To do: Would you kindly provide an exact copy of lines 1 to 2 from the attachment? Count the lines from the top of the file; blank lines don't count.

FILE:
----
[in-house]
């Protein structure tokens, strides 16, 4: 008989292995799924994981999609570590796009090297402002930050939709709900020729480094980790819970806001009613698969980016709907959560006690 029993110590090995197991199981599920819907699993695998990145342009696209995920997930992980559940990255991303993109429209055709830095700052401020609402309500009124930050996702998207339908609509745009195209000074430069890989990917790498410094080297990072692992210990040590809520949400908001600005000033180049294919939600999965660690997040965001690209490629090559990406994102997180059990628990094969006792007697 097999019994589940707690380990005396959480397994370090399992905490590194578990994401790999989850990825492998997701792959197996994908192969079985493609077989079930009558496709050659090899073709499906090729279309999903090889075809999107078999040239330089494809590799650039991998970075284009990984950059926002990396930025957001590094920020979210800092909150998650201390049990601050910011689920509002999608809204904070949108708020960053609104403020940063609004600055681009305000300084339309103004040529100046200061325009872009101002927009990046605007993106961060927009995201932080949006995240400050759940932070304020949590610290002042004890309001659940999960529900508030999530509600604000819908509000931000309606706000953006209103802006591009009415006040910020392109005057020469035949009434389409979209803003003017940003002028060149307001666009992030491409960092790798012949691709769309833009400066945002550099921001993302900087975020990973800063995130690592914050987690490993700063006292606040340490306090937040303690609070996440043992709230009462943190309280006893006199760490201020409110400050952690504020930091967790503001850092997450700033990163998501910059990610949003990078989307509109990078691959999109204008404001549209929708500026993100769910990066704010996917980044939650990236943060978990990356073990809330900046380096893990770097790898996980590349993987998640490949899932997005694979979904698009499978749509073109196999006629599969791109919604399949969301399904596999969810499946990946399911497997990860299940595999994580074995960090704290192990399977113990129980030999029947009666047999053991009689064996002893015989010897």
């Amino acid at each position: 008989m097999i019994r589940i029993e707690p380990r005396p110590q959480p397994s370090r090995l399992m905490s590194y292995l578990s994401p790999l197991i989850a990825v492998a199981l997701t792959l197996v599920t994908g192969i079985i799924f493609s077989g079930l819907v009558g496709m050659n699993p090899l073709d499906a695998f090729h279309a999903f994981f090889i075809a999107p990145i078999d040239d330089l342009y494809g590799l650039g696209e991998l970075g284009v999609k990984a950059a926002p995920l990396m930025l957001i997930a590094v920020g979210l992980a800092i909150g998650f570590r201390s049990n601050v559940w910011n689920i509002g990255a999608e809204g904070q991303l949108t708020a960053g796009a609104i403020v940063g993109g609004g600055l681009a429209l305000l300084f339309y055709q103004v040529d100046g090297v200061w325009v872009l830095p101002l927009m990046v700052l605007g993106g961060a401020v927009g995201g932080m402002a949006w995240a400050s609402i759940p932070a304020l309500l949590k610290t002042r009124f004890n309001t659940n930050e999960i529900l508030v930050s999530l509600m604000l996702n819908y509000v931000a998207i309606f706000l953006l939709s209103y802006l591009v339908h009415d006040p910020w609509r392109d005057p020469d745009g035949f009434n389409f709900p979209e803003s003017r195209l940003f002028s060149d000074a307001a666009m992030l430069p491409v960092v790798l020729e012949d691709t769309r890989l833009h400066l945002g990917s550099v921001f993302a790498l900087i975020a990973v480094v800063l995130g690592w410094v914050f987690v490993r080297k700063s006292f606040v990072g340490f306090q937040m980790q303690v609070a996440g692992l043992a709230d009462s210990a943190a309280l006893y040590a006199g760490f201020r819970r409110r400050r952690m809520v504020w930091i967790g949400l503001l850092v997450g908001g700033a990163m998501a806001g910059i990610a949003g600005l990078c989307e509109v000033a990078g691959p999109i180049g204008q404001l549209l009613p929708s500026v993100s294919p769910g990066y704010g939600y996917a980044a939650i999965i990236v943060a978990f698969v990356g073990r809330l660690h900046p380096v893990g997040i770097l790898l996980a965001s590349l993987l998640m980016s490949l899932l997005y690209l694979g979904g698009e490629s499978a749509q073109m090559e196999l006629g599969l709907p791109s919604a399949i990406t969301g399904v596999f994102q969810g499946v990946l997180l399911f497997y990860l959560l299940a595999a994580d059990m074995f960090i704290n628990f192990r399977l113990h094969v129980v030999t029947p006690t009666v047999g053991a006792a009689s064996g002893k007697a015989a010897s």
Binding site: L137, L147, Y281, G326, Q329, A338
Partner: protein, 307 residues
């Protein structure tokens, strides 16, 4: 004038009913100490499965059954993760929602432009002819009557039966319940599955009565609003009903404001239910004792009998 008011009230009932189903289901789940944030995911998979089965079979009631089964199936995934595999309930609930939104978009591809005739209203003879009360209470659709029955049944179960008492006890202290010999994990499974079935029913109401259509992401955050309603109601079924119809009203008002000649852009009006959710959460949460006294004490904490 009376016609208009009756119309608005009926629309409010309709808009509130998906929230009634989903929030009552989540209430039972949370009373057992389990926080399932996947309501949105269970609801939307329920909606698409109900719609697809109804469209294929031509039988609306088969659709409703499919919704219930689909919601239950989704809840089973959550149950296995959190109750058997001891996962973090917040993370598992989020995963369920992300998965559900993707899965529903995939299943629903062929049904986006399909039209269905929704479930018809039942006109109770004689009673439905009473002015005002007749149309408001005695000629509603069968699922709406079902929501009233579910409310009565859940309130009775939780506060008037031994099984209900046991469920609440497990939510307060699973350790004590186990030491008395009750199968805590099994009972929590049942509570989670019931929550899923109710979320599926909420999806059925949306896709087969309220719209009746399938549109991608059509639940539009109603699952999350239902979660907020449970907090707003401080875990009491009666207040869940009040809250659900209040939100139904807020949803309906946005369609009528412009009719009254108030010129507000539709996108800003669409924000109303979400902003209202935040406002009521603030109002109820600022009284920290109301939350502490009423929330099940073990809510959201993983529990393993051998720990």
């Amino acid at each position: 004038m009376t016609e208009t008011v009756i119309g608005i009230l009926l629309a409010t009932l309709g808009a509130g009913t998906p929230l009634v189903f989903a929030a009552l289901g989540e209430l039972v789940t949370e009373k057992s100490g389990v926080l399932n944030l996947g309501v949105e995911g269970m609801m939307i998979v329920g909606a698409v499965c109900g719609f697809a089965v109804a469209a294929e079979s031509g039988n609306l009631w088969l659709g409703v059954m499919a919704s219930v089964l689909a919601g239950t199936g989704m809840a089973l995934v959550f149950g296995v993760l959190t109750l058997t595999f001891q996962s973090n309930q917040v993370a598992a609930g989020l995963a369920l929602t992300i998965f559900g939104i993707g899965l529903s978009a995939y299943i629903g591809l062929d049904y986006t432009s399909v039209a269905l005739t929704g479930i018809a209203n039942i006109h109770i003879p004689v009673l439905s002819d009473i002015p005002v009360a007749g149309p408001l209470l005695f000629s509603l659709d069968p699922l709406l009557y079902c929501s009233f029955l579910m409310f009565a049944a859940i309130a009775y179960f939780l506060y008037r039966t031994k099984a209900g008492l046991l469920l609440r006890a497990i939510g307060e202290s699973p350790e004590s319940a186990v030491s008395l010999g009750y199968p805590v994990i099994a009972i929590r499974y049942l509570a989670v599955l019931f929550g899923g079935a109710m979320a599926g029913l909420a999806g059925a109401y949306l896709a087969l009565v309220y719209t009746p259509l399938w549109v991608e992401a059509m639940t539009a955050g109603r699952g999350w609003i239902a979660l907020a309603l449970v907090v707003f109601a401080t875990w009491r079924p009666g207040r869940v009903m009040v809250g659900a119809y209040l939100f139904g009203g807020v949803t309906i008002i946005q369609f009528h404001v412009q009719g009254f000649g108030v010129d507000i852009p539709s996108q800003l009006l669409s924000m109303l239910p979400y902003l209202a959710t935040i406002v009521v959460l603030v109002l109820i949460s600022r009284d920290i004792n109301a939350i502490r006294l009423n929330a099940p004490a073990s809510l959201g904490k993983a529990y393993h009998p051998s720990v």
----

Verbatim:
[in-house]
């Protein structure tokens, strides 16, 4: 008989292995799924994981999609570590796009090297402002930050939709709900020729480094980790819970806001009613698969980016709907959560006690 029993110590090995197991199981599920819907699993695998990145342009696209995920997930992980559940990255991303993109429209055709830095700052401020609402309500009124930050996702998207339908609509745009195209000074430069890989990917790498410094080297990072692992210990040590809520949400908001600005000033180049294919939600999965660690997040965001690209490629090559990406994102997180059990628990094969006792007697 097999019994589940707690380990005396959480397994370090399992905490590194578990994401790999989850990825492998997701792959197996994908192969079985493609077989079930009558496709050659090899073709499906090729279309999903090889075809999107078999040239330089494809590799650039991998970075284009990984950059926002990396930025957001590094920020979210800092909150998650201390049990601050910011689920509002999608809204904070949108708020960053609104403020940063609004600055681009305000300084339309103004040529100046200061325009872009101002927009990046605007993106961060927009995201932080949006995240400050759940932070304020949590610290002042004890309001659940999960529900508030999530509600604000819908509000931000309606706000953006209103802006591009009415006040910020392109005057020469035949009434389409979209803003003017940003002028060149307001666009992030491409960092790798012949691709769309833009400066945002550099921001993302900087975020990973800063995130690592914050987690490993700063006292606040340490306090937040303690609070996440043992709230009462943190309280006893006199760490201020409110400050952690504020930091967790503001850092997450700033990163998501910059990610949003990078989307509109990078691959999109204008404001549209929708500026993100769910990066704010996917980044939650990236943060978990990356073990809330900046380096893990770097790898996980590349993987998640490949899932997005694979979904698009499978749509073109196999006629599969791109919604399949969301399904596999969810499946990946399911497997990860299940595999994580074995960090704290192990399977113990129980030999029947009666047999053991009689064996002893015989010897």